Attempts to squeeze as much out of every aspect of drivers’ daily duties may be a double edged sword, says John Larkin, director of research for industry analysis firm Stifel Financial Corp.
While proper routing, driver coaching systems and forward-facing video can boost fleets’ productivity and help lower costs, it could be eroding driver recruiting and retention efforts, Larkin said last month in a conference call with investors.
“We have a mentality out there that if we’re to be cost competitive, we have to micromanage the driver,” Larkin said.
The micromanagement trend, he said, makes driving truck a more difficult job and less appealing, he said, especially to veteran drivers.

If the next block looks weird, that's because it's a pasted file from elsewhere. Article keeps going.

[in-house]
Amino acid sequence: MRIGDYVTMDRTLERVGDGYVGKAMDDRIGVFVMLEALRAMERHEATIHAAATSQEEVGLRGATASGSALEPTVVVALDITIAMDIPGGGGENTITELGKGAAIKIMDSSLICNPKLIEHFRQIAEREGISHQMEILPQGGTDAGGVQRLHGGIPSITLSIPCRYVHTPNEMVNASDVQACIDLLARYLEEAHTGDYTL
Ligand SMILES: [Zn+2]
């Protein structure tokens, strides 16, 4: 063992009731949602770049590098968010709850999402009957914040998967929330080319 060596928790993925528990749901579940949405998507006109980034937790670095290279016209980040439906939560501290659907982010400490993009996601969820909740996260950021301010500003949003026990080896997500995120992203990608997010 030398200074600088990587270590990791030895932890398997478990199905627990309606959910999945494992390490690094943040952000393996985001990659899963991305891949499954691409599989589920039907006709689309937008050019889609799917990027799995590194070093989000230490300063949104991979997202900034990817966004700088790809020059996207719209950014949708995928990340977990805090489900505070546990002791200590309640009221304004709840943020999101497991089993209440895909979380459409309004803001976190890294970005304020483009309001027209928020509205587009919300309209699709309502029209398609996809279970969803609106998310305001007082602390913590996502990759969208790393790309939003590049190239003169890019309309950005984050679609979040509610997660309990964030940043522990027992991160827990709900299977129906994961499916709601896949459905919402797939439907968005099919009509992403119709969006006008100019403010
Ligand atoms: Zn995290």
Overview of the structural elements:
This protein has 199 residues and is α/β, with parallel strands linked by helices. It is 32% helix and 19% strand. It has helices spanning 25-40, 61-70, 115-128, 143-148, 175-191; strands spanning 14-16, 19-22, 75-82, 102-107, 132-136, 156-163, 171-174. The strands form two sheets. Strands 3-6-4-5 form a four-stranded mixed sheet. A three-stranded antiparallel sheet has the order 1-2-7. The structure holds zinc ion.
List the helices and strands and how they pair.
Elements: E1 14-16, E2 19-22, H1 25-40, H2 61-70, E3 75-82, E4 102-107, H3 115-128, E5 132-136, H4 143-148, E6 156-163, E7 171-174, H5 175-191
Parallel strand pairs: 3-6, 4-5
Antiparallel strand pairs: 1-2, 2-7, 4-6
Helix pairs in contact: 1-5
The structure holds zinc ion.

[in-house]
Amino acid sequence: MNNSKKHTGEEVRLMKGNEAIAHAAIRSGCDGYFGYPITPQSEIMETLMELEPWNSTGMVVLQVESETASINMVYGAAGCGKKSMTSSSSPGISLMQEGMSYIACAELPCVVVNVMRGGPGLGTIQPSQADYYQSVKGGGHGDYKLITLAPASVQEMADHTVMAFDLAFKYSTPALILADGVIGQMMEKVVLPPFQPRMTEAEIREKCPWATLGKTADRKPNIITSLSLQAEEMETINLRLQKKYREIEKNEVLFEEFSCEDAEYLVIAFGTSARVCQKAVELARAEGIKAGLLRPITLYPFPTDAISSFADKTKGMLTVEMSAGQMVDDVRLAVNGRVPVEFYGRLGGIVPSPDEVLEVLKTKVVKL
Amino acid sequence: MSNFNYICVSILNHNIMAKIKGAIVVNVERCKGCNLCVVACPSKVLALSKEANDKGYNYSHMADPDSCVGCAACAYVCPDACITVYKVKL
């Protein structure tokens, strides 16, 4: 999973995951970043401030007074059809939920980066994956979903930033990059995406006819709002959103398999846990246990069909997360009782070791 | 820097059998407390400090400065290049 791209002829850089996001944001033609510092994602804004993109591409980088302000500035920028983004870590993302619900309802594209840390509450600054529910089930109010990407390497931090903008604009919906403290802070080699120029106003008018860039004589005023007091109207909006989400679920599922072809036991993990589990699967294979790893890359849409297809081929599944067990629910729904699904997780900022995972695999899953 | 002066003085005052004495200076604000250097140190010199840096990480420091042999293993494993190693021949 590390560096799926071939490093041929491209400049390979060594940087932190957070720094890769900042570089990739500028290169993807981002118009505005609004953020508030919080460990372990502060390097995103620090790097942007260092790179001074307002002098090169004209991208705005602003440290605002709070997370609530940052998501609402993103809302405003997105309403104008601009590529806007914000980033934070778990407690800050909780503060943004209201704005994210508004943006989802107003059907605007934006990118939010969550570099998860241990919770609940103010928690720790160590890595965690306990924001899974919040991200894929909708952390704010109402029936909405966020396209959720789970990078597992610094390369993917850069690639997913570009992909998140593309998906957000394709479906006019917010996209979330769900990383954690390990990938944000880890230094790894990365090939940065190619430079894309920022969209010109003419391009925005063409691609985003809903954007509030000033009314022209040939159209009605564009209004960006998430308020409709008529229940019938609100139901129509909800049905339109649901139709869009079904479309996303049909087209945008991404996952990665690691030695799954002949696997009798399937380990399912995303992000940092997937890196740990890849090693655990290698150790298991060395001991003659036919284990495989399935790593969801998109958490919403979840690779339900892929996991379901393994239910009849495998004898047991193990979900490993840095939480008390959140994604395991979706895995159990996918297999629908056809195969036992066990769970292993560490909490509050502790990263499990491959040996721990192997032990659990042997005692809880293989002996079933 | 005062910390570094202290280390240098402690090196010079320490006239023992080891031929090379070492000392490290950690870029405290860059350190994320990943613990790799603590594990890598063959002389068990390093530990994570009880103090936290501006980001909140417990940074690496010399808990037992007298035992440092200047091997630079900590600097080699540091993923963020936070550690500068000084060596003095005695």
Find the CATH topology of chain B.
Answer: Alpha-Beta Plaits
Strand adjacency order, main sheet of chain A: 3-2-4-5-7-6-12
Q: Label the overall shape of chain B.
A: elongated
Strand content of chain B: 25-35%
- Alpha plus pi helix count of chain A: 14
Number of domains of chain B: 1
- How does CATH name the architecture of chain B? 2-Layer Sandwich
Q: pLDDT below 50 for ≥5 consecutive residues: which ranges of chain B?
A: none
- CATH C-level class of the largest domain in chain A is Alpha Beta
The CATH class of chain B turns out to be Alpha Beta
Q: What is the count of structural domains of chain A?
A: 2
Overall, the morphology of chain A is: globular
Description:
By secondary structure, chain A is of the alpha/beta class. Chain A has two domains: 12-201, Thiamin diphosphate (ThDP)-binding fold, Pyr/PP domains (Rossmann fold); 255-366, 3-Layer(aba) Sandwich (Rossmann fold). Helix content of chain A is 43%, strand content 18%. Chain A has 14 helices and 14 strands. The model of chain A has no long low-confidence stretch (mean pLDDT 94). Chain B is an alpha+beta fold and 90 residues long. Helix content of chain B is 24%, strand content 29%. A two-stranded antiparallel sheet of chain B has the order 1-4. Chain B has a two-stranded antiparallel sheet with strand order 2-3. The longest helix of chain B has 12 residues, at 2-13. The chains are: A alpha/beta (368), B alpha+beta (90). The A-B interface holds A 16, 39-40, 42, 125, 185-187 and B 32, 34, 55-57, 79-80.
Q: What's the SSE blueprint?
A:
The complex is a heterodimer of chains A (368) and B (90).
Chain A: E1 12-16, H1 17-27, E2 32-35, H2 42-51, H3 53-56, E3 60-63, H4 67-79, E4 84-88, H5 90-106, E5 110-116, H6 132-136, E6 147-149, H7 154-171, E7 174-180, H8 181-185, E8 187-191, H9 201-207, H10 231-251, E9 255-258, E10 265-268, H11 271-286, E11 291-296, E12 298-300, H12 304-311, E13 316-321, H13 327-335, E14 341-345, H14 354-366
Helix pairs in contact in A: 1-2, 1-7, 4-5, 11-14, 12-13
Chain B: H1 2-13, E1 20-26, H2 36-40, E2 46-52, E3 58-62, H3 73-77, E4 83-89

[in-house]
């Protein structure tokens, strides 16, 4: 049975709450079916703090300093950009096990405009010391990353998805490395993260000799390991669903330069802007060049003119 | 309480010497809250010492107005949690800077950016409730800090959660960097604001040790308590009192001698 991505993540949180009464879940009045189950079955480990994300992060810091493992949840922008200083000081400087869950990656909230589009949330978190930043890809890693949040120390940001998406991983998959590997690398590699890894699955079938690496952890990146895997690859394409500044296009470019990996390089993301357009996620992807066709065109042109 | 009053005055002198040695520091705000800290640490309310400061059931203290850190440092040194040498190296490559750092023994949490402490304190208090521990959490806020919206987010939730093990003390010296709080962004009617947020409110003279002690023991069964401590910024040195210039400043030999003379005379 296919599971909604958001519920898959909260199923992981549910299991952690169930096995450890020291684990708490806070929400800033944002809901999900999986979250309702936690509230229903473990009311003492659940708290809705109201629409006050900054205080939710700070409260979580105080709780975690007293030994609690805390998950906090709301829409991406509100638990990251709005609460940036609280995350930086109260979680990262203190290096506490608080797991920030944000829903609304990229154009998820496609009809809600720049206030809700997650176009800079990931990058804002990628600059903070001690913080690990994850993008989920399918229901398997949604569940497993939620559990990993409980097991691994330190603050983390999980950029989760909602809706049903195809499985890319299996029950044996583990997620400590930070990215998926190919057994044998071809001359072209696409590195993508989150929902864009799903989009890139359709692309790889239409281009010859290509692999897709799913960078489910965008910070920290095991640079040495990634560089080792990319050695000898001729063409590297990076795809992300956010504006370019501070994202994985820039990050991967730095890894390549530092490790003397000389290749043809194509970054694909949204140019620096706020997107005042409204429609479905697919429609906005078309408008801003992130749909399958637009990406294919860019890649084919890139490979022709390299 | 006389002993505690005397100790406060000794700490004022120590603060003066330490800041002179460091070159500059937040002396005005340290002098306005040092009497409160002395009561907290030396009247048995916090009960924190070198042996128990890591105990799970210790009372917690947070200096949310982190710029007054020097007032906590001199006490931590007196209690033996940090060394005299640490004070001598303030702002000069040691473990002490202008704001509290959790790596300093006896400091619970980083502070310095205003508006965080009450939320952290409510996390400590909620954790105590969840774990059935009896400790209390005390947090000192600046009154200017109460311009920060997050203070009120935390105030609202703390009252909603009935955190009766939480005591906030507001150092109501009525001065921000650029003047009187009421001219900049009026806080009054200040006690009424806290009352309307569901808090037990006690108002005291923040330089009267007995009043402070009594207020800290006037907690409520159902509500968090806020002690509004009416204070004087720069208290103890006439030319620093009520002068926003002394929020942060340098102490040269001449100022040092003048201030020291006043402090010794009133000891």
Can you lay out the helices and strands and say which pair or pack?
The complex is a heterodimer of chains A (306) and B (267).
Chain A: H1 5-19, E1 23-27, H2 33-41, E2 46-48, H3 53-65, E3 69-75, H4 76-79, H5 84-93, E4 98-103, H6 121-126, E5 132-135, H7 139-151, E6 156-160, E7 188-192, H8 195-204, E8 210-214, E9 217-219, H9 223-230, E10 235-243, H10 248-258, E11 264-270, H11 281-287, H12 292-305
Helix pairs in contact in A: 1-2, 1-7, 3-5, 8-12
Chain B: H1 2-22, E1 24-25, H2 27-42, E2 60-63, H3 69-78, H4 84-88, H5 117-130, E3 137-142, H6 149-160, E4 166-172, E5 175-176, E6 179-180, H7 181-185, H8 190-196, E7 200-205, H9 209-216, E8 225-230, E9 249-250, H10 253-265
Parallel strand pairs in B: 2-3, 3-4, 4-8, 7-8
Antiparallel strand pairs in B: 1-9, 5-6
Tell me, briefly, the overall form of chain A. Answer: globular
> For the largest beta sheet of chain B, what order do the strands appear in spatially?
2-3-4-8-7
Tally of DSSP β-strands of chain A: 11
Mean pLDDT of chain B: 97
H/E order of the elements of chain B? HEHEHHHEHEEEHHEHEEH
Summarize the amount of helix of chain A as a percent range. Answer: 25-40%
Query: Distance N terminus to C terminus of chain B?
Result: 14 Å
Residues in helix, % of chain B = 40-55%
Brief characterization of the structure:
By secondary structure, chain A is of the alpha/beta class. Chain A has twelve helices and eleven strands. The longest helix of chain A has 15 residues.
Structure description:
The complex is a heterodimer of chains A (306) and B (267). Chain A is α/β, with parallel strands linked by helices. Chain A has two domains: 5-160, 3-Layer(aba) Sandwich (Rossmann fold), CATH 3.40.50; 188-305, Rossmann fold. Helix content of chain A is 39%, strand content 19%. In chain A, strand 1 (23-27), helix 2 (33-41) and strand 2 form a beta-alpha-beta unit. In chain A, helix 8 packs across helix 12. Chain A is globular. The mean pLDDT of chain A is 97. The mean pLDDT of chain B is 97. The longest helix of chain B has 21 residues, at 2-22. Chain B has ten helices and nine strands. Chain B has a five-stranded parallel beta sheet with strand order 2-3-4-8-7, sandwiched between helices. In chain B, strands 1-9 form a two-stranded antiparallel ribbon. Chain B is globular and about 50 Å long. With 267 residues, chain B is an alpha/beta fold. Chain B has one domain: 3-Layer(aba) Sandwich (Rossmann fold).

Here’s his statement in full:
“We want he or she to be in the right hand lane doing 62 miles an hour in a speed-governed truck while we’re monitoring his or her fuel efficiency. We’re making sure they stay on the prescribed route and we’re making sure that they take a rest at the prescribed rest area. We are making sure they take on fuel only at the prescribed fueling point and in the gallons that has been predetermined. We’re watching them on the satellite. We’ve got a camera inside the cab of the truck that will take a movie of you if there’s any kind of acceleration, deceleration, swerve to the left or swerve to the right. This is not the kind of job that the swashbuckling truck drivers of years gone past would have any interest in and that’s part of what makes it so difficult.”